Federal designation is mixed message

Recently released testing data gave Principal Anita Schackmann plenty to celebrate — Luther Middle School climbed 19 points to a score of 845 on the Academic Performance Index, the statewide measure of student achievement.

In addition, four of five significant subgroups — including Latino and socio-economically disadvantaged students — at the Burbank school also posted double-digit gains on the accountability scale, commonly referred to as API, with a score of 800 as the all-important benchmark.

The 2010-11 numbers built upon four years of steady growth at Luther Middle School, propelled by detailed data analysis, intervention programs and increased individual attention, Schackmann said.

But for the third consecutive year, Luther will bear a sort of scarlet letter in public education — “program improvement.” It is a federal designation via the No Child Left Behind Act that is applied to schools when any single subgroup of students fails to hit proficiency targets for two consecutive years.

“It is confusing because our growth has been steady,” Schackmann said. “We have grown every year for the last five years. We do a really good job of meeting the needs of our students.”

The contradiction between rising test scores and the federal designation can been seen at schools throughout the state, and high-ranking education officials are taking notice. Last month, state Supt. of Public Instruction Tom Torlakson entreated U.S. Secretary of Education Arne Duncan to freeze the program improvement sanction.

“Relief is needed immediately before more schools suffer for another school year under inappropriate labels and ineffective interventions,” Torlakson said in his letter.

Local educators have been equally vocal in their calls for reform. The annually increasing federal targets — which this year were 11% growth in the number of students testing proficient in English language arts and mathematics — are not realistic, they said.

“This is an antiquated system,” Glendale Unified Assistant Supt. Kathy Fundukian Thorossian said. “It should have been redone a long time ago. We are hoping we just do away with it.”

Glendale and Burbank school districts now have a combined 14 schools in program improvement, even though 12 saw their API scores climb during the 2010-11 year.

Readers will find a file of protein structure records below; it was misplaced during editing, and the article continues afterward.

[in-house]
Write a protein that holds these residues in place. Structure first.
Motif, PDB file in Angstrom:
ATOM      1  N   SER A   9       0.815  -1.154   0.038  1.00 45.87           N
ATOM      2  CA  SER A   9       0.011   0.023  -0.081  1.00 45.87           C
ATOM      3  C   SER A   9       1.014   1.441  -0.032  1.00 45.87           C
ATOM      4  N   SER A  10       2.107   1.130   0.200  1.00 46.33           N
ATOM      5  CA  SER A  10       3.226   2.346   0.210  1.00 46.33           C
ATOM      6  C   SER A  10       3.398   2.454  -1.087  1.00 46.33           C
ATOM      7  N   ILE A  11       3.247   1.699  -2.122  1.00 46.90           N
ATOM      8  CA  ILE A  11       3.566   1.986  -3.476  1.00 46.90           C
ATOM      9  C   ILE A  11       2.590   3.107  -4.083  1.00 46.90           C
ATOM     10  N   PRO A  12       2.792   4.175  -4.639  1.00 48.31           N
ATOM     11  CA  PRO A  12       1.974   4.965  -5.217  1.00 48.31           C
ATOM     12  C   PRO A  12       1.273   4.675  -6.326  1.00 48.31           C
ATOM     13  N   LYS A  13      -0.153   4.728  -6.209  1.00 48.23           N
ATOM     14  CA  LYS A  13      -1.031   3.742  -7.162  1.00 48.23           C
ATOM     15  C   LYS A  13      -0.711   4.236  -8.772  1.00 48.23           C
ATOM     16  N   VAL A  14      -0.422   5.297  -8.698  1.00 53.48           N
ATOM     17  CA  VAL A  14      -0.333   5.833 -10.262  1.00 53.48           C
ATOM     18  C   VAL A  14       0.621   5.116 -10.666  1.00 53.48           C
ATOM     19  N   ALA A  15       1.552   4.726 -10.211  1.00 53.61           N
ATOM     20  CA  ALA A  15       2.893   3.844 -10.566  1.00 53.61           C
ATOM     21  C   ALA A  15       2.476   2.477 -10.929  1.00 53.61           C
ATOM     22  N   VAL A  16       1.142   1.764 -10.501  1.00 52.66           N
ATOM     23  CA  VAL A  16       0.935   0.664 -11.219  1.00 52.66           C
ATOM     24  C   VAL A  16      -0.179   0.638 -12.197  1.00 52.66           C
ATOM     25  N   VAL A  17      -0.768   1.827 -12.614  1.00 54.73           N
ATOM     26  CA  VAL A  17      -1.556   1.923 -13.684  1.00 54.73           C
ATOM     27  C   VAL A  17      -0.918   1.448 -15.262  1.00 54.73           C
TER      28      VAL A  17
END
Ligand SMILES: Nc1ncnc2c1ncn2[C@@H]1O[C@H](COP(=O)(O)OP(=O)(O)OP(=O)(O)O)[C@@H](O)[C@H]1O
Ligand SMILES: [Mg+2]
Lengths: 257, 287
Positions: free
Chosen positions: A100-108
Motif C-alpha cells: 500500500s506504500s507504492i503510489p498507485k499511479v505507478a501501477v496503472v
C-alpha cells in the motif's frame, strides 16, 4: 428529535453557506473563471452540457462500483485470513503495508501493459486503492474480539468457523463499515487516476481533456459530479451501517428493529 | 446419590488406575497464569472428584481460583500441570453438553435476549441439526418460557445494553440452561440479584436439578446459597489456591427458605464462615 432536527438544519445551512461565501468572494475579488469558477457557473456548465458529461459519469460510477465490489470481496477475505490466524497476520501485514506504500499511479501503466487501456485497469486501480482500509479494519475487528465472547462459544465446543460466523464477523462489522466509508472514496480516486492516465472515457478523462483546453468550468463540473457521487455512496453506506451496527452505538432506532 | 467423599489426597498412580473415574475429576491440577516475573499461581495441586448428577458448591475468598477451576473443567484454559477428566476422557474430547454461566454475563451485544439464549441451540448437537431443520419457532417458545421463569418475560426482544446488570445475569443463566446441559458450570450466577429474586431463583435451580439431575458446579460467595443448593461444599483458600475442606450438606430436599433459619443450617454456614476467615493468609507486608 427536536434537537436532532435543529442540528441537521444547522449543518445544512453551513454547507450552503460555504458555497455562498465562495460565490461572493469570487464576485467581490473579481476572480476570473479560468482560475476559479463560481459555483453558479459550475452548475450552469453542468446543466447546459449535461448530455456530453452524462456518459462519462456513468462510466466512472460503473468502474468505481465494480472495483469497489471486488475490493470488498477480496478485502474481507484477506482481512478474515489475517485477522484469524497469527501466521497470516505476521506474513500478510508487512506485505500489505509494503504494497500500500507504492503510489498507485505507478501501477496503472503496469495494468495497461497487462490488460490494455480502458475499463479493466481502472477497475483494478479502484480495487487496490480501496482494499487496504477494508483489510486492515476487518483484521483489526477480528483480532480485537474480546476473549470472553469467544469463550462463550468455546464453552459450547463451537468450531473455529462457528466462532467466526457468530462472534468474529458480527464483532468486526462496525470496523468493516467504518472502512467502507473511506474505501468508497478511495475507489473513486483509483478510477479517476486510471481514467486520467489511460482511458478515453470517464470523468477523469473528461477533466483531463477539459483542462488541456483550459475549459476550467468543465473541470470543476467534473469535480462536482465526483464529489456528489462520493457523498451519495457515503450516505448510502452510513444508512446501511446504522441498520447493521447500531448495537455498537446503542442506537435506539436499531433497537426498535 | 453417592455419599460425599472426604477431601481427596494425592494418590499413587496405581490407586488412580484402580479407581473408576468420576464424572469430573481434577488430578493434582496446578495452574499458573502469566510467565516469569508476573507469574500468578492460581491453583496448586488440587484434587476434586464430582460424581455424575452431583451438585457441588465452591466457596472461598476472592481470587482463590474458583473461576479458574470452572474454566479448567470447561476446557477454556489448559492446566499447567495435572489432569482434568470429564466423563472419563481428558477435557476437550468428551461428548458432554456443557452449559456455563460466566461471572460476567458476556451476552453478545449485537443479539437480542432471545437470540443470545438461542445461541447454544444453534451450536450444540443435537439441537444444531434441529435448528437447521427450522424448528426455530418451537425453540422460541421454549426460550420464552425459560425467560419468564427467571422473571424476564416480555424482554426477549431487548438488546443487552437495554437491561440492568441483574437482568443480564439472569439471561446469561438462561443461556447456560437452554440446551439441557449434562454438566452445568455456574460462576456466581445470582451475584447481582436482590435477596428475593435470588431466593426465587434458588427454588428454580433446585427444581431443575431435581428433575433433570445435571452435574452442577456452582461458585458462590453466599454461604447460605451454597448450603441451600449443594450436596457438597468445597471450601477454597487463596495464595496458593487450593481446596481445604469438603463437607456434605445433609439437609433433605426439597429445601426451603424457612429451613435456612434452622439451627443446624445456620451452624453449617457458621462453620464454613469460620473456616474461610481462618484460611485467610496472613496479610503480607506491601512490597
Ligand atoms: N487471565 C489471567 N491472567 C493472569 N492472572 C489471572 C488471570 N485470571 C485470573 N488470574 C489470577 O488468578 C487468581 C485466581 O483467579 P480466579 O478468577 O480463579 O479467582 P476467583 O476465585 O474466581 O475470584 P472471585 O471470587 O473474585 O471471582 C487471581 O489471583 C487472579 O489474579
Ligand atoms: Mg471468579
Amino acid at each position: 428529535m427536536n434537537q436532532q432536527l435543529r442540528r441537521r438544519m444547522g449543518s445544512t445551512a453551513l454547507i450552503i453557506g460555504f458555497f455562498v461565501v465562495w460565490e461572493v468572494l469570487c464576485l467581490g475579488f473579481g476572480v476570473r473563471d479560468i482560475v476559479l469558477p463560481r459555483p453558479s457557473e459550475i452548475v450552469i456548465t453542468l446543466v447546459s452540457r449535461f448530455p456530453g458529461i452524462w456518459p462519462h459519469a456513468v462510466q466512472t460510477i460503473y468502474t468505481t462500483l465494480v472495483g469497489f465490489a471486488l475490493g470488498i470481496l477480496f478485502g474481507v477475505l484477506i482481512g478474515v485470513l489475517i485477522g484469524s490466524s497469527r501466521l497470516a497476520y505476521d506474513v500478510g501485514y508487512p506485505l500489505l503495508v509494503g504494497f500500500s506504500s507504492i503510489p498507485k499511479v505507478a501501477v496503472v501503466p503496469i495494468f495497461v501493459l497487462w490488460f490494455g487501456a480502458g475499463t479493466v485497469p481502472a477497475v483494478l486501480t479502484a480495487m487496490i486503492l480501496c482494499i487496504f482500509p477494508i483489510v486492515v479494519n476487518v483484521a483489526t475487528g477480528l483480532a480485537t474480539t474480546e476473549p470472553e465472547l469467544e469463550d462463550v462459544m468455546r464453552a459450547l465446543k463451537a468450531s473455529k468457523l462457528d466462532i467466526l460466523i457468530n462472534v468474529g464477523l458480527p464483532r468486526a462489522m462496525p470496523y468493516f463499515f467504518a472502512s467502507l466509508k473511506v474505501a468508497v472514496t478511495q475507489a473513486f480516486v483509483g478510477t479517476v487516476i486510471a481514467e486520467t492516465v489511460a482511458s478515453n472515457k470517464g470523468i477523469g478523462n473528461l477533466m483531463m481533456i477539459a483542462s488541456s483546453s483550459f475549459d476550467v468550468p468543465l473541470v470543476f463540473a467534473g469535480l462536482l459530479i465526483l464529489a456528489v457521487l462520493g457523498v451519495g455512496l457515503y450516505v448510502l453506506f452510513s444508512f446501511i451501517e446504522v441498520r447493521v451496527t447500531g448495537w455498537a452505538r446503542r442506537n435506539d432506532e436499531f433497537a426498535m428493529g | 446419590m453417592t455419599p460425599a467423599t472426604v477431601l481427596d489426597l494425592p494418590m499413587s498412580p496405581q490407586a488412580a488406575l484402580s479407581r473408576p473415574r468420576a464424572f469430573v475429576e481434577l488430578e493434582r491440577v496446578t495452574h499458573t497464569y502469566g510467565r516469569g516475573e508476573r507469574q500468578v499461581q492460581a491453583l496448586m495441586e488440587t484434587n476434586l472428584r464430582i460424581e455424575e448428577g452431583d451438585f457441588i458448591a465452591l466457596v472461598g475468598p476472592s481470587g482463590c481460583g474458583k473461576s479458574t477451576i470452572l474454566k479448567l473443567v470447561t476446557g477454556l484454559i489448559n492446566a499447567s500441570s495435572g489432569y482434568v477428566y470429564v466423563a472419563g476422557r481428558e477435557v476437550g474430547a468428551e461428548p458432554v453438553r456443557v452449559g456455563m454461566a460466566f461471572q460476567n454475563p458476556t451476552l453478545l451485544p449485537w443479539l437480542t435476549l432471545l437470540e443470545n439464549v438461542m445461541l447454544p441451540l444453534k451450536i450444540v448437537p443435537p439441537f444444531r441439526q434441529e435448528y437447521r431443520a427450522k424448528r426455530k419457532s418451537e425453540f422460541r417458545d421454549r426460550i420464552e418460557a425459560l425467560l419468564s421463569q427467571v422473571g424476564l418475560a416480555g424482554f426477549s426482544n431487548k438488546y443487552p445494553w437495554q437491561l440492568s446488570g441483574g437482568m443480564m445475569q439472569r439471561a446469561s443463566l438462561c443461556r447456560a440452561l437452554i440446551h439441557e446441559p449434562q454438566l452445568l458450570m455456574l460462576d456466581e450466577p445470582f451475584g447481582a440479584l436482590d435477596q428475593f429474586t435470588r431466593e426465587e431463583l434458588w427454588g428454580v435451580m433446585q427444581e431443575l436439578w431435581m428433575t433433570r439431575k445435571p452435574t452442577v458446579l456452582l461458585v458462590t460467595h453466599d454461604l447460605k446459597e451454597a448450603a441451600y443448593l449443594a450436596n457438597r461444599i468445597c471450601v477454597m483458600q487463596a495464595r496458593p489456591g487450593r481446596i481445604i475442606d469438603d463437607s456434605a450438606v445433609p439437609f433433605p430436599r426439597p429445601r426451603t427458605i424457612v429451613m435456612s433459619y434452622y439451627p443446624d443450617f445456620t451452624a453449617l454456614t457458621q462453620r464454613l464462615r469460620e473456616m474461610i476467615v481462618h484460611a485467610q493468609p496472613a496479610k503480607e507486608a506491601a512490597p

Eventually, critics say, the compounding growth targets will make it virtually impossible for even the best schools to keep up, pushing them, too, into program improvement status.

“I think we can look down the road and we can see a very high percentage of our schools in the state are going to be in program improvement when you are having to make 11-point jumps every year,” said Bobbie Kavanaugh, principal of McKinley Elementary School in Burbank, which slipped into the category this year despite a 16-point jump in its API score.

Accountability is important, said Burbank Unified school board President Ted Bunch, adding the he wants to see scores trending upward. But the pace of growth demanded by the No Child Left Behind Act is unsustainable, he added.

“It is a federal law and I cannot not give weight to a federal law,” Bunch said. “We have no choice, we have to do everything we can to meet their criteria. But there is just coming a place where very few school districts in the nation will be able to meet that criteria.”

Lynn Marso, principal at Roosevelt Middle School in Glendale, said that she feels strongly that her school is effectively addressing the achievement gap that has plagued Latino students. The school-wide API score climbed eight points to 793, and each one of its significant subgroups posted API gains of five points or more.

Roosevelt is now entering its third year of program improvement.

“I would say on a daily basis, whether we are or not in program improvement, we are going to continue to do our jobs with the passion that we do every day,” Marso said.

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